Jodie Whittaker: Doctor Who star gets ‘huge surprise’ on Who Do You Think You Are?
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Jodie Whittaker, 38, has addressed the surprising facts she uncovered while tracing her family tree on Who Do You Think You Are?. The Doctor Who star discovered a surprising story from her mum’s side of the family on the BBC programme.
She found out about the story while looking at a photo of her great-grandfather, Edwin Auckland, in which he is flanked by a group of policemen and four of his brothers.
Jodie’s family photo was taken in 1921, during the National Coal Strike.
She divulged: “My mum’s side of it was taken from a family photograph that I had that’s been pieced together through bits of information my mum and I knew, and we realised that it was a jigsaw piece, to a very big puzzle.”
Jodie went on to admit she was taken aback by one part of her family’s history.
READ MORE… Jodie Whittaker next TV appearance away from Doctor Who announced
She continued: “And actually, certain bits of that story we hadn’t got exactly right, and certain bits of it were a huge surprise – because that’s also in our immediate family history.
“None of my stories stretch further back than the 1800s, it’s all at the end of the 1800s, turn of the 1900s, that we meet the Aucklands, and Bedfords (which is the Whittaker-Bedfords).
“That story starts in the early 1900s, so everything is recent history.”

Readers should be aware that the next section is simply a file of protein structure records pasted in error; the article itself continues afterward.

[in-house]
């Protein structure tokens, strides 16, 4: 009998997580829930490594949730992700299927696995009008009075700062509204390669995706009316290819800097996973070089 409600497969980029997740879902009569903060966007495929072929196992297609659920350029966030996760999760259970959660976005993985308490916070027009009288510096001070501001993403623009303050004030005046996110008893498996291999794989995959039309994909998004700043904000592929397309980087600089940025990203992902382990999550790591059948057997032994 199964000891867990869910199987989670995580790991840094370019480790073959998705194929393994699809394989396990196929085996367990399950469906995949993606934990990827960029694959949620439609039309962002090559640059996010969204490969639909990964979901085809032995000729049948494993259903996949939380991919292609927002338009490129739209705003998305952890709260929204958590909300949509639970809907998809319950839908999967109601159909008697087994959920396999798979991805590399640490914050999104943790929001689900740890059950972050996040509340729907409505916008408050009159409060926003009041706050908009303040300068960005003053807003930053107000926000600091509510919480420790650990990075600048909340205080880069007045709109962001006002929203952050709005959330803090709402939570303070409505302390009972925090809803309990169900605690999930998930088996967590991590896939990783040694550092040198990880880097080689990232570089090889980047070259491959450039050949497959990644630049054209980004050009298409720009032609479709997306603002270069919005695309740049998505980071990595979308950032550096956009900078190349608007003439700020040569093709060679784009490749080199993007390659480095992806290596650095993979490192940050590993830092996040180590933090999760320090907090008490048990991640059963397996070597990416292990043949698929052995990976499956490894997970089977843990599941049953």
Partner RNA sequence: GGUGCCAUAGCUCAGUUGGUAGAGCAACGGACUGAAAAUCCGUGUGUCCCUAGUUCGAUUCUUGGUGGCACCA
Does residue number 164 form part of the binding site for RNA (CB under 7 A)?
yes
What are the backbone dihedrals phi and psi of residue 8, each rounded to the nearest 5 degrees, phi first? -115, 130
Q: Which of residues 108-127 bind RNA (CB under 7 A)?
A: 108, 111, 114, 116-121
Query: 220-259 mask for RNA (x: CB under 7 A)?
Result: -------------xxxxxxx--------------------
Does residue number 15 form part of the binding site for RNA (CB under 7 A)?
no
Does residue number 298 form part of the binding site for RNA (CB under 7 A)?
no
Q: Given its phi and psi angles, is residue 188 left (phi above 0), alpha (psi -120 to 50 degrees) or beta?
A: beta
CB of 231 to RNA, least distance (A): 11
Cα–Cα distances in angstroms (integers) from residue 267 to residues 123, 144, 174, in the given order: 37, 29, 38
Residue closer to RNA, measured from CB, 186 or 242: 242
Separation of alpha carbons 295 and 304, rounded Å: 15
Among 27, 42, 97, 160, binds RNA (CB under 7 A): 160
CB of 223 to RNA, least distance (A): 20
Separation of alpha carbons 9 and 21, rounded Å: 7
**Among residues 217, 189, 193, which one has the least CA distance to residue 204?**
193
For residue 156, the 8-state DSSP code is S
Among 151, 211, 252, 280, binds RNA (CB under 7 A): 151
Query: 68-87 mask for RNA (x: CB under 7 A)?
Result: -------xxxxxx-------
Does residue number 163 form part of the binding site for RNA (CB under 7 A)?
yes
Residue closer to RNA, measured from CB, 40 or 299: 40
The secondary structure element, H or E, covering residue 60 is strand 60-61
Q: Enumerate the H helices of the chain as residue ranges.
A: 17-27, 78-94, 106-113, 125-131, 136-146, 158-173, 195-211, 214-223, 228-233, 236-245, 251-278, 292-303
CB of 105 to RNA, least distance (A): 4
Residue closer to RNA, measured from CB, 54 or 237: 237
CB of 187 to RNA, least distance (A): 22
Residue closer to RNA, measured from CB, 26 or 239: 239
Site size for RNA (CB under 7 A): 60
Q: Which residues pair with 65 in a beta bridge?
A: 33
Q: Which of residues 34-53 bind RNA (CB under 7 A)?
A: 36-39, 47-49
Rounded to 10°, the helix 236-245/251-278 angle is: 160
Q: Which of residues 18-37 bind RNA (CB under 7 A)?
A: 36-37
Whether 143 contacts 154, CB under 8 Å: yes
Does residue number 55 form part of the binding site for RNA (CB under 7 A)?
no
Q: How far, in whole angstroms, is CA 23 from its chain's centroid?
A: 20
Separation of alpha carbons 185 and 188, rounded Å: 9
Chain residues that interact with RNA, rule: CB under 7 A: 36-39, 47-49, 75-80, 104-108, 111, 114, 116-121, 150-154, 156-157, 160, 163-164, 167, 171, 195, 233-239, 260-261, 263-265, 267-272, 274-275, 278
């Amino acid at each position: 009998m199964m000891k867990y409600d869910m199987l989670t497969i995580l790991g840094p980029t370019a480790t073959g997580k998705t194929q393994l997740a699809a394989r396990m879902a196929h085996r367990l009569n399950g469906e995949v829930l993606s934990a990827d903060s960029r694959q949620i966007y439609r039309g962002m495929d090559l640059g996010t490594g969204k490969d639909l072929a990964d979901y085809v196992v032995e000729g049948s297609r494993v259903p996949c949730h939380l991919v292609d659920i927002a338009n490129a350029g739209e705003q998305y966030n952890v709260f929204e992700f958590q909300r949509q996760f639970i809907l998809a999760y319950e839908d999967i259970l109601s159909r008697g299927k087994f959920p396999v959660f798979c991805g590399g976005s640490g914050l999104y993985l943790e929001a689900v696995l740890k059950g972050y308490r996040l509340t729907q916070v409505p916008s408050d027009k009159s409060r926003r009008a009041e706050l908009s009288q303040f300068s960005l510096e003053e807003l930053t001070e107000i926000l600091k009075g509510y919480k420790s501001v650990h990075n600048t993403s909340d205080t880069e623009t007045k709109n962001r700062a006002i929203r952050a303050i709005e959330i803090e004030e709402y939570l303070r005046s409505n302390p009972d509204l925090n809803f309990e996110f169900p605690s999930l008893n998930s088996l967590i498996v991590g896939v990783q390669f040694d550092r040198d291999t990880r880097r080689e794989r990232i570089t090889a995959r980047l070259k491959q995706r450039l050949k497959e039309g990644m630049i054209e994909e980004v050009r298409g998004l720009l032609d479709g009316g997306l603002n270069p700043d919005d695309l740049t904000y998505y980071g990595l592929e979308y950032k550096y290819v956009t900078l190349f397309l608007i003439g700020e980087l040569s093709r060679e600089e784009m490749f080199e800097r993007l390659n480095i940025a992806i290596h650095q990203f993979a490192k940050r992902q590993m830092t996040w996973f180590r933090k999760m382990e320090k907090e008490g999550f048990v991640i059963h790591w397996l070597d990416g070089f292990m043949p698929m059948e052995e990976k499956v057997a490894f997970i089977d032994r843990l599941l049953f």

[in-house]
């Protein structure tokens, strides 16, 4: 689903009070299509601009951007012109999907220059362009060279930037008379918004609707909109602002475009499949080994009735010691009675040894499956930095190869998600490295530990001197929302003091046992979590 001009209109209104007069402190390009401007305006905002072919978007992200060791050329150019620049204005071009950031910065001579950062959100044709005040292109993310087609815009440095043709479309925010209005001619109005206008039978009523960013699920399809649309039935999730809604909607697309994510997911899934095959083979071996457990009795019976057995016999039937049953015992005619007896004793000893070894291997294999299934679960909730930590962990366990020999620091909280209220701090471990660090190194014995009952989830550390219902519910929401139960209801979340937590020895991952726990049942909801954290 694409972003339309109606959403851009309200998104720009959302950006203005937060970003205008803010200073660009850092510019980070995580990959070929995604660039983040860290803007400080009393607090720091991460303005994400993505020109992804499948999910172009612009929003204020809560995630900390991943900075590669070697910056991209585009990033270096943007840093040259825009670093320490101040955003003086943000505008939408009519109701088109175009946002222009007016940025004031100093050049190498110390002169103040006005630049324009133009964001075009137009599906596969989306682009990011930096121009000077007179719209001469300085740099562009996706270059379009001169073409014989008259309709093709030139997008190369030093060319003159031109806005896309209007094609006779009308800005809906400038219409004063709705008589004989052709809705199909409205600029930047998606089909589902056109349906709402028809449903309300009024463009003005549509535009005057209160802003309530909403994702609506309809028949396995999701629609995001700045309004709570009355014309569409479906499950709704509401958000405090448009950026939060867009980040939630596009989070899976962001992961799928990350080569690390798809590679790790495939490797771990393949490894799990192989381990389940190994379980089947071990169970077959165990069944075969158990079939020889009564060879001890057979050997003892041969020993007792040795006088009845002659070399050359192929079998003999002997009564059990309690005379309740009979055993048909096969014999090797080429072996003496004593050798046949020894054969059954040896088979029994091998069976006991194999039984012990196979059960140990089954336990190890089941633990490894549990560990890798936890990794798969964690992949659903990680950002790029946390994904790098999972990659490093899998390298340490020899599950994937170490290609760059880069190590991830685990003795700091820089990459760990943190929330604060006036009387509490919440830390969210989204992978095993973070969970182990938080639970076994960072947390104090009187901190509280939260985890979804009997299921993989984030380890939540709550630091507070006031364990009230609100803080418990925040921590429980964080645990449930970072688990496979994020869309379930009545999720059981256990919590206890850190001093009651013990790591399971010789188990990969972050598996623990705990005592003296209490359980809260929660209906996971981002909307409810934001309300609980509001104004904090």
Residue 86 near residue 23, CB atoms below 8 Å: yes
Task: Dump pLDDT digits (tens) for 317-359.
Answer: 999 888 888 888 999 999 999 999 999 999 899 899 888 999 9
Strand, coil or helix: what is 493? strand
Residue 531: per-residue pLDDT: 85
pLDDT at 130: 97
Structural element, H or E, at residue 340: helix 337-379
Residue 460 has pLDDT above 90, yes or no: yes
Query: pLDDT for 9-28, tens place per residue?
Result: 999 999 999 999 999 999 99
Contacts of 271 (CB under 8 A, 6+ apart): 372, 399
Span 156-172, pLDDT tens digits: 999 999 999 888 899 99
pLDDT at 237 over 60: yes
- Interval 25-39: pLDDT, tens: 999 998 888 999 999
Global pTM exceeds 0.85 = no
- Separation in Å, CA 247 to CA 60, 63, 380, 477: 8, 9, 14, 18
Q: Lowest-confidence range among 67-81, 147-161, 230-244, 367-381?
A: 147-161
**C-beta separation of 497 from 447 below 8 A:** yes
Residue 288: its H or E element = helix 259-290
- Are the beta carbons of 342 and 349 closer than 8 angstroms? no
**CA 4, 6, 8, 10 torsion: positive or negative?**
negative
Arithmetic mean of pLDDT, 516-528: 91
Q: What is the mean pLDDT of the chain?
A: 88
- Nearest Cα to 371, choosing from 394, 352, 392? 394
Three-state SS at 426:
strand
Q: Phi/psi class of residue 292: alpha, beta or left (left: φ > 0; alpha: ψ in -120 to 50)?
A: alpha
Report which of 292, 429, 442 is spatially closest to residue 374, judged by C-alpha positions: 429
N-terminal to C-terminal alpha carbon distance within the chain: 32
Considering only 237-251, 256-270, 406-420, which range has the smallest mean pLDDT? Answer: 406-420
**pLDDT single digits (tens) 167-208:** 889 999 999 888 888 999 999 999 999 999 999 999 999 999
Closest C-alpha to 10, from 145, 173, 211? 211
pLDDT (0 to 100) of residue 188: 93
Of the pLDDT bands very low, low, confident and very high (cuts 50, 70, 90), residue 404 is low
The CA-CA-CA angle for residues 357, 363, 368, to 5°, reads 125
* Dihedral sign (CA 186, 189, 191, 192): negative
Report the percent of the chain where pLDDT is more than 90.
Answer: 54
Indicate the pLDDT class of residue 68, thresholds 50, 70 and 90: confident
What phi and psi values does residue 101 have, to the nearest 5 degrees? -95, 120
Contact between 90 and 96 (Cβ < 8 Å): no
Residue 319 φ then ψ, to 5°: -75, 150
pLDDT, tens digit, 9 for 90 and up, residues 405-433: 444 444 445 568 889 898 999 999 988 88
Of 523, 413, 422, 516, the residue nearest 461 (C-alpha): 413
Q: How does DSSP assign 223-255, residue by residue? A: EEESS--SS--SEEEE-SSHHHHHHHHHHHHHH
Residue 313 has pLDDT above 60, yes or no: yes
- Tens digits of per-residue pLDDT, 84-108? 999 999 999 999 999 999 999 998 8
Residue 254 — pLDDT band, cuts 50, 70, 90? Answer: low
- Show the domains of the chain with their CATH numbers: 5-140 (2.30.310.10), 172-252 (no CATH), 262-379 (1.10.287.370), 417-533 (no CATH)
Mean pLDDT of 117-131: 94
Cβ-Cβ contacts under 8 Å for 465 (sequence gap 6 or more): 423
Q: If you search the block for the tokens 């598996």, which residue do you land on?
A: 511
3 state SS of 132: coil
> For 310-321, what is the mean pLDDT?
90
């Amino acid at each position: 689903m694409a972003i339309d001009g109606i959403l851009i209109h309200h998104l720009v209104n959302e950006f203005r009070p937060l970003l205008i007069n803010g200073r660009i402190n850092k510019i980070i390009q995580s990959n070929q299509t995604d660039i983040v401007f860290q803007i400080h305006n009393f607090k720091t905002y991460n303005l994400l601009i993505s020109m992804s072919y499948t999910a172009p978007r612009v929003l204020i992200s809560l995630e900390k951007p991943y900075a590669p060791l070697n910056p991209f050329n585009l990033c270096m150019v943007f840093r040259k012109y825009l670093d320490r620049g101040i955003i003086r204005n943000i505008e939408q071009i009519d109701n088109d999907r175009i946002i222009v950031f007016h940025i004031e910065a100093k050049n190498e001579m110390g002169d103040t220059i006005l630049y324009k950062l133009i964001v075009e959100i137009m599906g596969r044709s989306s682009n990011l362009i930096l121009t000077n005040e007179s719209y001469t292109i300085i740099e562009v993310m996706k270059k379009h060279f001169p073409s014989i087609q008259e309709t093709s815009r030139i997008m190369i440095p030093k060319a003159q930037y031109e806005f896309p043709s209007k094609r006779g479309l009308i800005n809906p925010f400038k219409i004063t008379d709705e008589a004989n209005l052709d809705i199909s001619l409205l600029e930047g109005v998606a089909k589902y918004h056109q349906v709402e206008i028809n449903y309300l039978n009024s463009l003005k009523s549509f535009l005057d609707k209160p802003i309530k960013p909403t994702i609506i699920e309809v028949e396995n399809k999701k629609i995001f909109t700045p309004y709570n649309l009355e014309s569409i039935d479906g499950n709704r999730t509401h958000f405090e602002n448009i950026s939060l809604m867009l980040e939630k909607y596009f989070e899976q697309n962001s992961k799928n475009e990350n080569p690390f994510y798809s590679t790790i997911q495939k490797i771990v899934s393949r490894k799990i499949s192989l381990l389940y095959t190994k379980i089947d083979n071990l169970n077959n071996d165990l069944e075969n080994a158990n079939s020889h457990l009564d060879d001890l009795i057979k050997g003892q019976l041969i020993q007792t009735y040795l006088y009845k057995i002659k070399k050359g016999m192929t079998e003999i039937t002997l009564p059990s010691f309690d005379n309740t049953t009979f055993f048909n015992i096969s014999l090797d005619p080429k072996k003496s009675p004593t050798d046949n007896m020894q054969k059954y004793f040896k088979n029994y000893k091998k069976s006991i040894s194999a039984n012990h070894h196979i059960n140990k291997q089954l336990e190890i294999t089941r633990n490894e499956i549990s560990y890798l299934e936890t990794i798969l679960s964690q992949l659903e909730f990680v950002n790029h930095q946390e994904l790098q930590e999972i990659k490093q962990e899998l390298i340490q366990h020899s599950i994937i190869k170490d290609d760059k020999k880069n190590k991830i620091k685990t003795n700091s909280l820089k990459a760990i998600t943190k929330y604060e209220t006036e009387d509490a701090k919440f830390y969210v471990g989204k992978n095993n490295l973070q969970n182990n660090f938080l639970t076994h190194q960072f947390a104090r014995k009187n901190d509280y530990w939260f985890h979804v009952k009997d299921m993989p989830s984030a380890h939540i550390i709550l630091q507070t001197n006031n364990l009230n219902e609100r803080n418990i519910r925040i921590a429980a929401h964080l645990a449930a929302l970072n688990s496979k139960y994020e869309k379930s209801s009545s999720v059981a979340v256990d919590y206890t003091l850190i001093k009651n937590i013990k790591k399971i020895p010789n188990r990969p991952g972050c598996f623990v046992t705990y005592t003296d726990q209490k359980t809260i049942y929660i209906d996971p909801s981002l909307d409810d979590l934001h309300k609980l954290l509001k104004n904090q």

Jodie explained during her appearance on the show that she found out her relatives didn’t support the Coal Strike at the time.
Most miners were striking during both the National Coal Strike of 1921 and the General Strike of 1926 in spite of struggling to be able to feed their children.
However, Edwin senior kept the mine going with his sons and amassed a small fortune, running into millions at today’s rates, which was controversial.
She said: “As I understand it, it’s their colliery and they’re working through the strike… It’s not an ideal bit of your family history.”
Jodie’s mum then admitted she was ostracised at the school she went to with coal miners’ children because everyone remembered how her grandfather failed to support the strike.
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“Essentially they were scabs,” says Jodie, while speaking to her mum about the situation on screen.
“Living here during the 80s, the idea that you work through a strike feels like it goes against everything you are brought up to believe in.”
“Exactly. And if I’ve had to talk about it, I’ve never defended them,” Jodie’s mum added.
Speaking to Radio Times, Jodie revealed she was “surprised by the details” of her family’s mining history.
Read the full story in Radio Times [RADIOTIMES]
The star said: “I’ve always known I’m from a mining family and I knew the photograph of my great-grandfather potentially referenced a point in my family history I wouldn’t necessarily agree with emotionally or politically.
“I already knew there was a strike, but I was surprised by the details of it.”
When quizzed on whether she felt “embarrassed” by the discovery, Jodie explained: “My politics represent me.
“They can’t represent anyone else, even in your own tiny circle. I didn’t live in that time. I’ve got hindsight. The last mine shut in 2015 and I’m an 80s baby, so I was part of the fallout of that.”
Who Do You Think You Are? series 17 airs at 9pm Monday on BBC One.
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